The treaty began a dark period for the Black Seminoles and their leader. The
pro-Creek, pro-slavery faction considered John Horse's activities in Washington
to be meddling in tribal affairs. Within days of his return, a Seminole Indian
attacked the black leader. He was riding home one day when the assailant chased
after him on horseback with a loaded rifle. The Indian shot John Horse's mount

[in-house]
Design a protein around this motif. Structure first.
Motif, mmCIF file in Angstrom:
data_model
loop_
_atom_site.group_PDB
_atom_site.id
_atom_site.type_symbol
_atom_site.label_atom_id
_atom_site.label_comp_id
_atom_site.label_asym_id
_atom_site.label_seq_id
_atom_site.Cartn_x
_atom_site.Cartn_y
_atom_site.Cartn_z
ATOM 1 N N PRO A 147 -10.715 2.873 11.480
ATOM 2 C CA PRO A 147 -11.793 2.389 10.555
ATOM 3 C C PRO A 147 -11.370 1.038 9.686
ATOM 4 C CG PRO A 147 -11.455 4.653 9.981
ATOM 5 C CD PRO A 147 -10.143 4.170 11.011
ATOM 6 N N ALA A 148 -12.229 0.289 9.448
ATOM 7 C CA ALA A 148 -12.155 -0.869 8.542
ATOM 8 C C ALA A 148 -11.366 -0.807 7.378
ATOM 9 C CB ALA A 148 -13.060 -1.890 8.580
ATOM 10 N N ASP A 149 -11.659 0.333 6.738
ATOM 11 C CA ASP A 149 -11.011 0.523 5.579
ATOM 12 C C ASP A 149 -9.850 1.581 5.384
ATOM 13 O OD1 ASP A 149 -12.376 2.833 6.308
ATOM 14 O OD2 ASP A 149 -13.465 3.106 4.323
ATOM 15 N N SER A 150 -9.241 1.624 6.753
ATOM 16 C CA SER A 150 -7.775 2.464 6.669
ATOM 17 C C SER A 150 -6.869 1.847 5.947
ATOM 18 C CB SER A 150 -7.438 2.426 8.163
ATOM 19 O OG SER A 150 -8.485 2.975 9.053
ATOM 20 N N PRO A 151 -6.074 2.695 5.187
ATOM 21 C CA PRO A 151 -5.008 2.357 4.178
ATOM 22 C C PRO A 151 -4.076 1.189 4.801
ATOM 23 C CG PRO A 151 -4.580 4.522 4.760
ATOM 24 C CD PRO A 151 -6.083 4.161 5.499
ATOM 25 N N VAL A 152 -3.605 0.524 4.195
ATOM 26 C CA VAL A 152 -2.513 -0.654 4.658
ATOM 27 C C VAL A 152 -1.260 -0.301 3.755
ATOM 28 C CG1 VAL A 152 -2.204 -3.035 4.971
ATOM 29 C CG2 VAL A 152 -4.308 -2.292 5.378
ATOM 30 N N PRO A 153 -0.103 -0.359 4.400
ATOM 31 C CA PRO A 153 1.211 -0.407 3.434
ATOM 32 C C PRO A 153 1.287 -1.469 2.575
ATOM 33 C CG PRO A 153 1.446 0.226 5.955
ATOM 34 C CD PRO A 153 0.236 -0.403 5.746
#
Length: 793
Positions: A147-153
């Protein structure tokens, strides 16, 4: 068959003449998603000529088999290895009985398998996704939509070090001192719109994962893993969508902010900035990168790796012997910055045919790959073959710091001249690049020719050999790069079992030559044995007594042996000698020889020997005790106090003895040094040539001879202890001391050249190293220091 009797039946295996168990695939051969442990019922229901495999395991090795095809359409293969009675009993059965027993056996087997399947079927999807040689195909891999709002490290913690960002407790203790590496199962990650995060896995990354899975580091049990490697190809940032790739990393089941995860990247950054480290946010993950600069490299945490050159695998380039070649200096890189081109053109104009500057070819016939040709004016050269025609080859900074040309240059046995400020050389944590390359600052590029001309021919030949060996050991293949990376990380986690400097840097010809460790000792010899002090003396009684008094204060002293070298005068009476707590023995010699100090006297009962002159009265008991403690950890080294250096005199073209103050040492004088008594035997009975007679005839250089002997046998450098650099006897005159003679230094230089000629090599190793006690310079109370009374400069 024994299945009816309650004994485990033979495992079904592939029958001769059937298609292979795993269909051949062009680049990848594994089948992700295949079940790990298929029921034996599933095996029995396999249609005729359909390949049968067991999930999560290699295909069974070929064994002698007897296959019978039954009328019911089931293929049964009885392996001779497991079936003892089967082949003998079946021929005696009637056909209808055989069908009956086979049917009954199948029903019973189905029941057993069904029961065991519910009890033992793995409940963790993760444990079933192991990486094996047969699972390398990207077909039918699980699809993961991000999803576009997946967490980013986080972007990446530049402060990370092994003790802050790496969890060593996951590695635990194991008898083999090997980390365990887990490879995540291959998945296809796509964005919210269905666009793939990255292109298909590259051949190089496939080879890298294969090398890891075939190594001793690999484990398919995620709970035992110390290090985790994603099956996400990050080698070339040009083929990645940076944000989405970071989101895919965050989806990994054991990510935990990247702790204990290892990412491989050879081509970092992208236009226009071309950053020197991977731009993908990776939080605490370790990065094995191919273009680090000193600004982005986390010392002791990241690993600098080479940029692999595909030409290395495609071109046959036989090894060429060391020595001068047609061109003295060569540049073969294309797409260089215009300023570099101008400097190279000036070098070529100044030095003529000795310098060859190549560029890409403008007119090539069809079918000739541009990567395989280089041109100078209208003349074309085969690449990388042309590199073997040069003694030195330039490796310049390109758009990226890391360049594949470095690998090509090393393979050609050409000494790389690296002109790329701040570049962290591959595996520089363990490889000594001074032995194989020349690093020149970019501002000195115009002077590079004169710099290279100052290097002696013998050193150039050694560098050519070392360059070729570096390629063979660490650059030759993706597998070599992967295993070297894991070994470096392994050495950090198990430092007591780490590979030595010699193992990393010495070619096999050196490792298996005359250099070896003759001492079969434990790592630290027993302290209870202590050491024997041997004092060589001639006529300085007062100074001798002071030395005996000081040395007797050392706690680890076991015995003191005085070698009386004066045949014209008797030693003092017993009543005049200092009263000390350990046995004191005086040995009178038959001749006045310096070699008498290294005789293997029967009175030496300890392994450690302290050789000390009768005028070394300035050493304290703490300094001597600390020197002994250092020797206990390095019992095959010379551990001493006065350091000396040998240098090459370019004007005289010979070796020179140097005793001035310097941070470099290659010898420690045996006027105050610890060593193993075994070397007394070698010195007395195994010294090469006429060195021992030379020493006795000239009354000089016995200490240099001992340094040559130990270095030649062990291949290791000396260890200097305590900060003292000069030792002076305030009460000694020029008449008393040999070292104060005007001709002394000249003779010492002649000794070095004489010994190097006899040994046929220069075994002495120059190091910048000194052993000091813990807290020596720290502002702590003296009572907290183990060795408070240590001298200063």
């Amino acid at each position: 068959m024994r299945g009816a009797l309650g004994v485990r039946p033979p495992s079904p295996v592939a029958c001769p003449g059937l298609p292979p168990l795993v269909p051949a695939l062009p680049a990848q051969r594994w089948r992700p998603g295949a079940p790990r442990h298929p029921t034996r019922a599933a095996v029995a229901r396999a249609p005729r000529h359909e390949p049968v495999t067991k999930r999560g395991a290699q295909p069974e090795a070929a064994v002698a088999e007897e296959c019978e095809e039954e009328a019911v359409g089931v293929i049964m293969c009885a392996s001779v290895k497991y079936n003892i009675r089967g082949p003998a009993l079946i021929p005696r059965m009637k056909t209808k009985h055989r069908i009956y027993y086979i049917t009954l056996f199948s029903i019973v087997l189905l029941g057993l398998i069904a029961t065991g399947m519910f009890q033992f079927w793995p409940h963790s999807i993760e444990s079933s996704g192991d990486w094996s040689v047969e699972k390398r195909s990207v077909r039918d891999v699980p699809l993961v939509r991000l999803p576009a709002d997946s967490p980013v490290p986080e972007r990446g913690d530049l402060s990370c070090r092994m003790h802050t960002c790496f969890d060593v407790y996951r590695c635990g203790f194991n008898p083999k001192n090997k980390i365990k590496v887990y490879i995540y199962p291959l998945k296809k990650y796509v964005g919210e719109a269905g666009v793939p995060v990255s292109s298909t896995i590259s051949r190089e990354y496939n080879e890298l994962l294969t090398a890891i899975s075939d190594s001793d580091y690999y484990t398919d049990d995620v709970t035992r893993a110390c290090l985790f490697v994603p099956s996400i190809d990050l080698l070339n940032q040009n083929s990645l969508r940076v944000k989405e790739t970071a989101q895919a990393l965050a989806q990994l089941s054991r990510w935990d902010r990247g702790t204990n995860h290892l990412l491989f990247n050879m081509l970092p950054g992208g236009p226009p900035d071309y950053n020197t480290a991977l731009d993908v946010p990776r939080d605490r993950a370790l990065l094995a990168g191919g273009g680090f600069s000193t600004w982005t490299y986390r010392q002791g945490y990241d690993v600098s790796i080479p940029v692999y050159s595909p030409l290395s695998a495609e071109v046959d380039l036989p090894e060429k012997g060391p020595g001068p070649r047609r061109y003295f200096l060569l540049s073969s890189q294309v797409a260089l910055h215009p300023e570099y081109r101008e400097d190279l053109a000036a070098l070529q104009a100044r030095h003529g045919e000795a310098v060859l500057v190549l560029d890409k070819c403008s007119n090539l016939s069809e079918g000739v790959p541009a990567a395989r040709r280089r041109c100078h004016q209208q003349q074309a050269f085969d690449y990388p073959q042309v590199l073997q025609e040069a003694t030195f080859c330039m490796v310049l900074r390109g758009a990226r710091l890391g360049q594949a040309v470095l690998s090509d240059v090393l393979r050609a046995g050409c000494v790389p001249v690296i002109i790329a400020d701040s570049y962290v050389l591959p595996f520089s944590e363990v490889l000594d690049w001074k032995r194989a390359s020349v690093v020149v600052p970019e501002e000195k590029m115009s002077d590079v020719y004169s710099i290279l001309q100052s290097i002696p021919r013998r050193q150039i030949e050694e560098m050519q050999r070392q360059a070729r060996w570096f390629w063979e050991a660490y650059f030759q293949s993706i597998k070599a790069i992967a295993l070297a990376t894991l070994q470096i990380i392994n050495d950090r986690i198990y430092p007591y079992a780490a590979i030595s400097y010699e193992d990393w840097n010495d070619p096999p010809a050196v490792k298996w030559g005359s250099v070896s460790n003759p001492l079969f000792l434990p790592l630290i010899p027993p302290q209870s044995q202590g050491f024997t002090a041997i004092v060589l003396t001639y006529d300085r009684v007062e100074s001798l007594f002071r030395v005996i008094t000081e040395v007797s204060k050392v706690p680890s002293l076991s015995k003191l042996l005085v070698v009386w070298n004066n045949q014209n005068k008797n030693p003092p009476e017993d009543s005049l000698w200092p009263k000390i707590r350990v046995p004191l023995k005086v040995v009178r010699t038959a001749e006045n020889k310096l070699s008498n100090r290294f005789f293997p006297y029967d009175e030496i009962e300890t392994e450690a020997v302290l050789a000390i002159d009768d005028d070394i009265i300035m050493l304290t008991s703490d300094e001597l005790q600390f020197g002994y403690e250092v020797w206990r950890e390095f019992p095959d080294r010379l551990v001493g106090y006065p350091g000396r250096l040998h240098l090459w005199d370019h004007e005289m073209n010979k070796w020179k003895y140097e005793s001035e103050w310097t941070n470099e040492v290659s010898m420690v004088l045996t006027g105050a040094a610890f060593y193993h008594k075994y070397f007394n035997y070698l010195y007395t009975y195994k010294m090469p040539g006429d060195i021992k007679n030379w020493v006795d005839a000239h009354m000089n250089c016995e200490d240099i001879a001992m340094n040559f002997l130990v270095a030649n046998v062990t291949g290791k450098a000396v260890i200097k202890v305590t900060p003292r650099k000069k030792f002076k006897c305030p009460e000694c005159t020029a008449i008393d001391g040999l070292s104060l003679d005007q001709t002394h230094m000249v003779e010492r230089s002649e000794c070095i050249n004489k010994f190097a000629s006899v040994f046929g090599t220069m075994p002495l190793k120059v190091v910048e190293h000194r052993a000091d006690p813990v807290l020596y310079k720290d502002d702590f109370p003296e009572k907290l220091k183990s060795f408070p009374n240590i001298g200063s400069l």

out from under him and then came after him with a knife. Fortunately, a group of
Seminole women whom John Horse had helped in the past were standing nearby. They
wrestled the assailant to the ground while John Horse wriggled free from
underneath his horse.
Sources: Foreman Five 228, 258, Porter Black 114, Littlefield Seminoles 88-89.
Part 3, Exile: l